I hit another parenting milestone that no one warned me about this month. And it shook my emotions more than just a little bit.
My husband and I have four children, but this week I booked our first summer vacation for a family of 5.
And it felt so weird and a lot sad, because I have booked vacations for 6 people for over a decade. Six is the number that is often “too large for one hotel room” but I have made it work over and over again. Yet this summer, for one of our trips, I won’t need to find accommodations for 6.
Honestly, even though it is hard, I know our family is moving into a new season of life and I have been shoved into a family transition period as the oldest child makes her own summer plans.
This new season is hard both emotionally and practically. There are no rules to follow as our family finds its way forward. This “new normal” is too new to feel comfortable, but the old way doesn’t work. So we push on.
Because this is part of raising a family – embracing the changes that happen over time.
My oldest daughter is now a college freshman. She has her own plans, goals, and dreams and I love watching her pursue them. This summer she will manage the gymnastics summer camp where she began coaching children five years ago. Watching her gain increased responsibility makes me so proud.
It feels like yesterday that I was celebrating her first coaching job. I remember going to the gym early to pick her up so I could take pictures of her.
“Which one is your child?”
“That one. The one in the pink staff shirt.”
As awesome as it is to watch her soar, watching as her path break away from our family is also hard. And sometimes it just hits me.
Like when I hit that “Book Now” button for a vacation for five.
Honesty and Communication
I have found that the best way through these transitions is honesty and communication. I share how I am feeling with my kids, but without any guilt or manipulation. I want to identify what is going on and share ideas for moving forward.
In this case, before I officially booked our vacation, I had a conversation with my daughter about plans for the summer.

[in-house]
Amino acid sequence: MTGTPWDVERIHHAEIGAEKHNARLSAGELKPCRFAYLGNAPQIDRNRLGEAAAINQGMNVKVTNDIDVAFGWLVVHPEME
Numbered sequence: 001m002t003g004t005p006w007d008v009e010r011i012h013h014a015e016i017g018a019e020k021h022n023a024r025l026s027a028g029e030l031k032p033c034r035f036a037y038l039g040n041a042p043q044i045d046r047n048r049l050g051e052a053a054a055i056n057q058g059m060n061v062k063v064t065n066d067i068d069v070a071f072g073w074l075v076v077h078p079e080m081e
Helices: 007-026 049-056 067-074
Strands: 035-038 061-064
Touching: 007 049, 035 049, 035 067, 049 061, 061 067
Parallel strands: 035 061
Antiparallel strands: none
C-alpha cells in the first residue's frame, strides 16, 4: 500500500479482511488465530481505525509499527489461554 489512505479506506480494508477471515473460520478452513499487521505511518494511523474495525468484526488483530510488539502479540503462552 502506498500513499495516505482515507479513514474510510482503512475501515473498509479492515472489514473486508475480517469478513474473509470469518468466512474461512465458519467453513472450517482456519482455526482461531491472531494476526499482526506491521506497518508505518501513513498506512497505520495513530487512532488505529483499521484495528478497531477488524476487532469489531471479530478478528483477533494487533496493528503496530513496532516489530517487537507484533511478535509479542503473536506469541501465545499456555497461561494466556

She already committed to our vacation in May. I planned it in advance with a date that worked with everyone’s schedule so we could have a family vacation. It’s only a few days, but enough for us to connect and relax together.
I explained to her that I want to continue our National Park adventures with Acadia National Park this summer, and I asked how she felt about that. She explained that she couldn’t get more time off, but was content to stay home with the dog.
Honestly, I think she is looking forward to the quiet week. And that’s okay.
I shared my heart and expressed my sadness about booking a vacation for five – not to manipulate or guilt her – but in a way to let her know how weird it was for me. I also assured her that I was happy for her and proud of her and thought it was the right decision for her to stay home.
She knows that the first time I missed a family vacation was when I was in college too, so I get it. This is the transition.
And I am here to keep supporting her as our family transitions to this new normal.
Kids Still Home
On the other side of the transition, there are still three kids at home with me.
And they still have time to take all of my crazy family trips. (yes, I plan a lot of them)
When my oldest was 12, we took our first trek across the US and toured all of the National Parks in the Southwest. Now that my youngest is 12, I want him to have some National Park memories that didn’t happen when he was five years old.
So this is the balance. This is the awkwardness.
I must continue raising the babies still in the nest while watching some of my little birds take off and fly.
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